I am not a big fan of pumpkin pie. The bland flavor and gummy texture is quite unappealing to me, and I just don’t get this whole pumpkin-flavored latte, ice cream, and yogurt craze. But I am a huge fan of Cindy Ott’s new book, Pumpkin: The Curious History of An American Icon. Before opening its pages, I had no burning desire to learn about the history of this native, oversized squash. But once I began reading I could not put it down. Over the last decade or so, I have been thinking, reading, and writing about the American history of a non-native fruit–the apple–carried to the Americas by European invaders. While I’ve been pondering the impact of the apple on North America, its role in the expansion of the Euro-American societies who brought it here, and its adoption by indigenous peoples, Cindy Ott has been writing about the story of the native pumpkin, its use by these invaders, and how it ultimately emerged as a symbol prized more for its cultural than its economic value.
While Americans today distinguish the bright round orange pumpkin from other varieties of squash, the two are in fact genetically identical and can cross-pollinate. For Native peoples of eastern North America, squash was one of the “three sisters,” along with corn and beans, which were the core of Native American agriculture. The three food crops were complementary both ecologically and nutritionally. Squash were easy to grow in abundance, and “could be preserved over the winter, when other food items were scarce.” Europeans came to the Americas with a certain finickiness born of a sense of cultural superiority, and did not immediately embrace the pumpkin. But they brought the seeds back across the Atlantic and within a few decades of Columbus’ first voyage, New World pumpkins had spread across Europe, where they were regarded with a mix of fascination and disdain. “As a sign of human nature,” Ott informs her readers, “the pumpkin embodied unbounded lust or lack of civility; as a symbol of a place, it represented the untamed natural bounties of North America; and as an emblem of a way of life, it stood for a rustic peasant existence.” But mostly they saw the pumpkin as food for the poor, and for those barely civilized Europeans who had migrated to the New World. New England’s religious dissenters soon came to appreciate its value, especially in lean times. The pumpkin became for poor farmers short on labor something like the untended seedling apple tree–a useful food plant which would bring forth a bounty even when neglected. But for the wealthy and the refined, the pumpkin was a symbol of the lowly and uncivilized.
For several hundred years, farmers grew pumpkins to supplement their families’ diet, but they had virtually no commercial value. As advances in transportation technology in the early 19th century drew most American farmers into a market economy, the pumpkin became a symbol of the pre-market, rustic, self-provisioning past. At first this reputation was a liability, but eventually as nostalgia for simpler times grew, the pumpkin’s value as a symbol of those simpler times also increased. Ott concludes that it is not a coincidence that the same Yankee poets and writers who began to celebrate the pumpkin–John Greenleaf Whittier, Sarah Josepha Hale, Lydia Maria Child, and others–also were active in the antislavery movement which championed the moral superiority of the New England family farm tradition over the exploitative plantation system of the South. The pumpkin had become a symbol of those Yankee values.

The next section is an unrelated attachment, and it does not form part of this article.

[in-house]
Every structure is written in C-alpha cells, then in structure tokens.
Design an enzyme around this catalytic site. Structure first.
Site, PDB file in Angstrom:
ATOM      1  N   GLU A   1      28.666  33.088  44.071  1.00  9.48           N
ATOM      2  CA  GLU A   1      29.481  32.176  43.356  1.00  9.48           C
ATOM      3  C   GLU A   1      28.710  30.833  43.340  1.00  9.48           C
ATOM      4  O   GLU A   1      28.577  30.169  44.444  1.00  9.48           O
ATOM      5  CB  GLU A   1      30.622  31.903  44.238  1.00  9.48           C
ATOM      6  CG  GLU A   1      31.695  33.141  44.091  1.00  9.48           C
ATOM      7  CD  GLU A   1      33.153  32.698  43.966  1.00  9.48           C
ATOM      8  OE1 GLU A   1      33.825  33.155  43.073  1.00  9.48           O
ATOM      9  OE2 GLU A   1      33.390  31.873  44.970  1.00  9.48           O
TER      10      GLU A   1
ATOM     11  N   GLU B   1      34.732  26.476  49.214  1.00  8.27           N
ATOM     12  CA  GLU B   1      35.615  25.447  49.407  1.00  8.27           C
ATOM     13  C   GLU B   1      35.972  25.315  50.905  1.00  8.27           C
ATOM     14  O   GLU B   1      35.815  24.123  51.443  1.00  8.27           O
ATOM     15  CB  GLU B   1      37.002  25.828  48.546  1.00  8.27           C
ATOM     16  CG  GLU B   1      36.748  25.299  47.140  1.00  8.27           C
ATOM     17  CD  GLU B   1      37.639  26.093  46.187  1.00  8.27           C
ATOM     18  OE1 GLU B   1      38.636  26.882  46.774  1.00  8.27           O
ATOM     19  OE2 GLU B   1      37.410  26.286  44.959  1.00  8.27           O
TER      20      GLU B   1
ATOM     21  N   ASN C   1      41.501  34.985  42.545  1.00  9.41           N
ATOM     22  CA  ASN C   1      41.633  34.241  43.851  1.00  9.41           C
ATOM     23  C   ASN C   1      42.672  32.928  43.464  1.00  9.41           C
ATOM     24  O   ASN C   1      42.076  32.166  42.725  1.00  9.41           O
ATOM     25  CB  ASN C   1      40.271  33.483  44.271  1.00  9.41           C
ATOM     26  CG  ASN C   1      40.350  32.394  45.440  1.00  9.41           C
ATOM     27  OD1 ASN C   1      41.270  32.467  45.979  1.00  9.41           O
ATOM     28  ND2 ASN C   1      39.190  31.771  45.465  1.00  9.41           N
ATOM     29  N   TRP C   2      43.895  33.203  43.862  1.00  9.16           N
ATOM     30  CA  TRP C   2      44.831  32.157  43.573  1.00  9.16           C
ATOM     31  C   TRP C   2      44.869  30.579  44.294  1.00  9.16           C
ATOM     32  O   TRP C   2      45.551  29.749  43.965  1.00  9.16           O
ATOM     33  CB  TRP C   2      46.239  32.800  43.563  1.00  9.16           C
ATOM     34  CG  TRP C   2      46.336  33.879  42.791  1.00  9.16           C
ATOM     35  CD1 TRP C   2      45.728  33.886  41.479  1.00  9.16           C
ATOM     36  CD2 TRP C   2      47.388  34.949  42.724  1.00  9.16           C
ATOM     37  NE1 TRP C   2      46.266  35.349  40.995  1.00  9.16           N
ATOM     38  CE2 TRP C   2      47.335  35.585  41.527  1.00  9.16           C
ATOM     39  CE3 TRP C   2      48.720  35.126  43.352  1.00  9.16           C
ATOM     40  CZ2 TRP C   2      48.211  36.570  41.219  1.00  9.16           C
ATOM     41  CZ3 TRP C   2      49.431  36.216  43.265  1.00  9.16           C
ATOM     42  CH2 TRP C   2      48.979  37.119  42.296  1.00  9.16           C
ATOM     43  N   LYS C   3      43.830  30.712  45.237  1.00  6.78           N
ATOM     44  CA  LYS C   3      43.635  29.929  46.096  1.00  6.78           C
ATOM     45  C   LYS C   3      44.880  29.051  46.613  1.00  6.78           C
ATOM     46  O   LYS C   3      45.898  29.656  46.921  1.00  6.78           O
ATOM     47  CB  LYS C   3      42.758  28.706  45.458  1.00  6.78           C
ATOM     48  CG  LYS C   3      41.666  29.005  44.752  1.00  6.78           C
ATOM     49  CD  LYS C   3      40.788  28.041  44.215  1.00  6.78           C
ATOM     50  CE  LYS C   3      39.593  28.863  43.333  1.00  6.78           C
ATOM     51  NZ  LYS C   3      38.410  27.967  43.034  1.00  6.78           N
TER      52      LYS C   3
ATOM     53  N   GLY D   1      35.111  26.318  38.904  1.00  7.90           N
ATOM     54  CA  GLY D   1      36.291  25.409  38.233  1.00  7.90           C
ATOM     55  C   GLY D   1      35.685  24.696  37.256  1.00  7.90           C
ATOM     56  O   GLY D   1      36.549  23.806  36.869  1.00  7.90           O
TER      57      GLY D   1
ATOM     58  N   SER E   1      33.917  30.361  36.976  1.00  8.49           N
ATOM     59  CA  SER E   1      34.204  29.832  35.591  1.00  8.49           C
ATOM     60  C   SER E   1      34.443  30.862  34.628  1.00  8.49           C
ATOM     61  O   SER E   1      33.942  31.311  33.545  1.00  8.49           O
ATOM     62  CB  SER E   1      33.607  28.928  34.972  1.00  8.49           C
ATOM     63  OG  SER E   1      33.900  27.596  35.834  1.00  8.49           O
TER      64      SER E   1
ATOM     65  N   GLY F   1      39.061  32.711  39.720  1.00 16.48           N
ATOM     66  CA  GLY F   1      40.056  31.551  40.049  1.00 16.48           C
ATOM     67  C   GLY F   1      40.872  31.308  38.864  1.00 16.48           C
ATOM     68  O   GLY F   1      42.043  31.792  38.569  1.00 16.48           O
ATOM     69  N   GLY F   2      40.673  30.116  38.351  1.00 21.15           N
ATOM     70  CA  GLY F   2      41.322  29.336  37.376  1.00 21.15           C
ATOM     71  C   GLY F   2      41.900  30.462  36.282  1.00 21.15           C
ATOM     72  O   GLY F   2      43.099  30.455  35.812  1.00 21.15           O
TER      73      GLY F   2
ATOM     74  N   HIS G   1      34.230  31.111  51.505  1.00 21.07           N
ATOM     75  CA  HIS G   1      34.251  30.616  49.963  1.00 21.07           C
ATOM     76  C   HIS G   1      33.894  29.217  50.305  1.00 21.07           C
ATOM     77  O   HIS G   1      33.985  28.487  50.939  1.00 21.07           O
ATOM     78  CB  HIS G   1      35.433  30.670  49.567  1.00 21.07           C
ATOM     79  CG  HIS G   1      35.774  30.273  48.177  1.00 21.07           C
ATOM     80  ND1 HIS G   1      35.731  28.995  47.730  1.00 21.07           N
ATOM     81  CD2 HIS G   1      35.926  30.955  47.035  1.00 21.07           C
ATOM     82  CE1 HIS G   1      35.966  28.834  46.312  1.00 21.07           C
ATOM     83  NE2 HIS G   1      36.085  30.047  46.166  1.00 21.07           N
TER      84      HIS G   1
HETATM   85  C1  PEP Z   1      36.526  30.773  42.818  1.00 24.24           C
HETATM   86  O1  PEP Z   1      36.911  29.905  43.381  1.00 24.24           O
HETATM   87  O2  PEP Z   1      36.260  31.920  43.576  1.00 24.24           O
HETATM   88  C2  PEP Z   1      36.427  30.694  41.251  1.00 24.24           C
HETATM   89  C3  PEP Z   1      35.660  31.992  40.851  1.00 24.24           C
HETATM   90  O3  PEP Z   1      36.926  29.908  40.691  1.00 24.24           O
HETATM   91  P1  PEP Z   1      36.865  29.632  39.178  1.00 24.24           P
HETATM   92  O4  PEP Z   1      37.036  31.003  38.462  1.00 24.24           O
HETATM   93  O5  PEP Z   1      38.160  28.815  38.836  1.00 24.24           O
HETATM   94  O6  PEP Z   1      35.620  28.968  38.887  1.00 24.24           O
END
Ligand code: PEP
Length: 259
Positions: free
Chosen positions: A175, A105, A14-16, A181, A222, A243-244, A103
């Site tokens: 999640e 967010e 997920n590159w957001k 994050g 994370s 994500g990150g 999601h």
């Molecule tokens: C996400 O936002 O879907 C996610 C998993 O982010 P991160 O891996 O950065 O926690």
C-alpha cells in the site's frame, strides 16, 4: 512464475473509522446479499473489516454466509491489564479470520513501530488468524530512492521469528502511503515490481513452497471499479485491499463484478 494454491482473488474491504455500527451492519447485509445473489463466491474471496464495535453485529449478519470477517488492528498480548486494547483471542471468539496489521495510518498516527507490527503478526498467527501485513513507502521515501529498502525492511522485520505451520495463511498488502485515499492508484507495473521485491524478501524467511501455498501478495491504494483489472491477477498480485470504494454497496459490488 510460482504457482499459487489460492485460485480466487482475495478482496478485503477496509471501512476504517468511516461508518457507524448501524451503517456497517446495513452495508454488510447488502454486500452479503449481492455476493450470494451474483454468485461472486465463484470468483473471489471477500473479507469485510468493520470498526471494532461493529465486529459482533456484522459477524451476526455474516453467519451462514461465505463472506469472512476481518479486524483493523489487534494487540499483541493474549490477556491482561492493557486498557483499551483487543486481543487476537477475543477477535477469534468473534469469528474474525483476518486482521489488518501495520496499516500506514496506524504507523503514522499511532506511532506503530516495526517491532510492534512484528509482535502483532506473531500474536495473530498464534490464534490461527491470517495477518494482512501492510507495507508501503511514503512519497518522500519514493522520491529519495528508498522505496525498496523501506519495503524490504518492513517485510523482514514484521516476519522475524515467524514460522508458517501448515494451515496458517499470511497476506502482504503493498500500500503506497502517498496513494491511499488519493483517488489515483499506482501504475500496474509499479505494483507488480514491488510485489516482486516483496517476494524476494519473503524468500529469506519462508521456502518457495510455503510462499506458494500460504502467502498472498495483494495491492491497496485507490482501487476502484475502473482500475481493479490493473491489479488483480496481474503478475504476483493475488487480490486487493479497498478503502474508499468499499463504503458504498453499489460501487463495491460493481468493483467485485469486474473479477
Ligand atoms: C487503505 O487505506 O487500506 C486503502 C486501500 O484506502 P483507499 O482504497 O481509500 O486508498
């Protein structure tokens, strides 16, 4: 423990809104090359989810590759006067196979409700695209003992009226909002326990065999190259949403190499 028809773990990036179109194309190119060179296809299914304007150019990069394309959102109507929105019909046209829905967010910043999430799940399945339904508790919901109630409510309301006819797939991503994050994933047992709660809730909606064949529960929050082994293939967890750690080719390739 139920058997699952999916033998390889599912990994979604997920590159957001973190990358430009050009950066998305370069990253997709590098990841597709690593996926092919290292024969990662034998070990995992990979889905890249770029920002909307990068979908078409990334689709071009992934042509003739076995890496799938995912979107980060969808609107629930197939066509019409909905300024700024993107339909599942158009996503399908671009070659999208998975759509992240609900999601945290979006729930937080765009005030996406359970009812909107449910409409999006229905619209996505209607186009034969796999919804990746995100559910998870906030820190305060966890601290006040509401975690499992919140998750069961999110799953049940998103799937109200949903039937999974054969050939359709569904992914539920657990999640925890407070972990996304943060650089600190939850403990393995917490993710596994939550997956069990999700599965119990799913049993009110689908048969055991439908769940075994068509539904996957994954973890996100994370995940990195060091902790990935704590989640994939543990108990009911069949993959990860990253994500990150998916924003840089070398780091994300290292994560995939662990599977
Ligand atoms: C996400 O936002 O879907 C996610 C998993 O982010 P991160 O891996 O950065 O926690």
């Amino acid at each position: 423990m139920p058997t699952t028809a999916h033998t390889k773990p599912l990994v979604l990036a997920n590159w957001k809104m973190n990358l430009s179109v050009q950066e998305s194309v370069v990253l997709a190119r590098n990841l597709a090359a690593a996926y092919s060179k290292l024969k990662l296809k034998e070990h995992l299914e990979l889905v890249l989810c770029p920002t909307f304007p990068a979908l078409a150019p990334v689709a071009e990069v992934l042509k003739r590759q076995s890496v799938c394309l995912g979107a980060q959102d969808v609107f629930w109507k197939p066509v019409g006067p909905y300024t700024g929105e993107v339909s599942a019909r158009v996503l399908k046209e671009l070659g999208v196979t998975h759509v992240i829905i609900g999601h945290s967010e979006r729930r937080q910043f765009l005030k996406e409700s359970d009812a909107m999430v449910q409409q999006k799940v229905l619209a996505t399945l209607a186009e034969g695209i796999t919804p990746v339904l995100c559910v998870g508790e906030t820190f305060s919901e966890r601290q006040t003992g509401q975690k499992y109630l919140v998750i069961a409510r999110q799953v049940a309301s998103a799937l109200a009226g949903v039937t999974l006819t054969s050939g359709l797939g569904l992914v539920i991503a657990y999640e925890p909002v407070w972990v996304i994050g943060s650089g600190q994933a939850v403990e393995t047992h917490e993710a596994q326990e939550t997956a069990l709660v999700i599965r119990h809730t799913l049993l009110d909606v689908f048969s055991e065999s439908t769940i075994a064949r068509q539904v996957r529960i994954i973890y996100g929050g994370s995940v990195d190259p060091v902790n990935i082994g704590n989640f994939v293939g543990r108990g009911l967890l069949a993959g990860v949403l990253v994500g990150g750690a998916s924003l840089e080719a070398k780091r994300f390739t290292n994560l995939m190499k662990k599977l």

After the Civil War, American agriculture became thoroughly commercial, and farmers specialized, producing for national markets. There was no room for the pumpkin in this new agriculture, which had limited market appeal and in an age of mechanization could still only be harvested by hand. The late 19th century pumpkin was “one of the least profitable and palatable of vegetables,” but ironically, its value as a symbol of the agrarian lifestyle continued to grow. Images of pumpkins featured prominently in agricultural periodicals and became central attractions at agricultural affairs, eventually leading to contests to grow mammoth-sized pumpkins. By the dawn of the twentieth century, “American prized the pumpkin for its looks and its meanings, not its meat.”
Across the twentieth century and into the twenty-first, the pumpkin’s appeal–in the form of jack-o-lanterns and the pumpkin pie–continued to grow. And today urban and suburban Americans venture into the countryside to select pumpkins as decorations, in an effort to connect themselves with a vanishing agrarian past.
There is so much more in this book than this brief and overly simplified description can provide. Ott will make you consider Cinderella’s pumpkin carriage in a new light, and get you thinking about the strange origins of nursery rhyme character Peter Pumpkin Eater, who solved the problem of a wayward wife by putting her in a pumpkin shell. Pumpkin: The Curious History of an American Icon is a rich and multilayered cultural, environmental, agricultural, and economic history, offering astounding insights on nearly every page. Highly recommended for pumpkin-eaters and non-pumpkin-eaters alike.
For more information, check out the book’s website, www.pumpkincurioushistory.com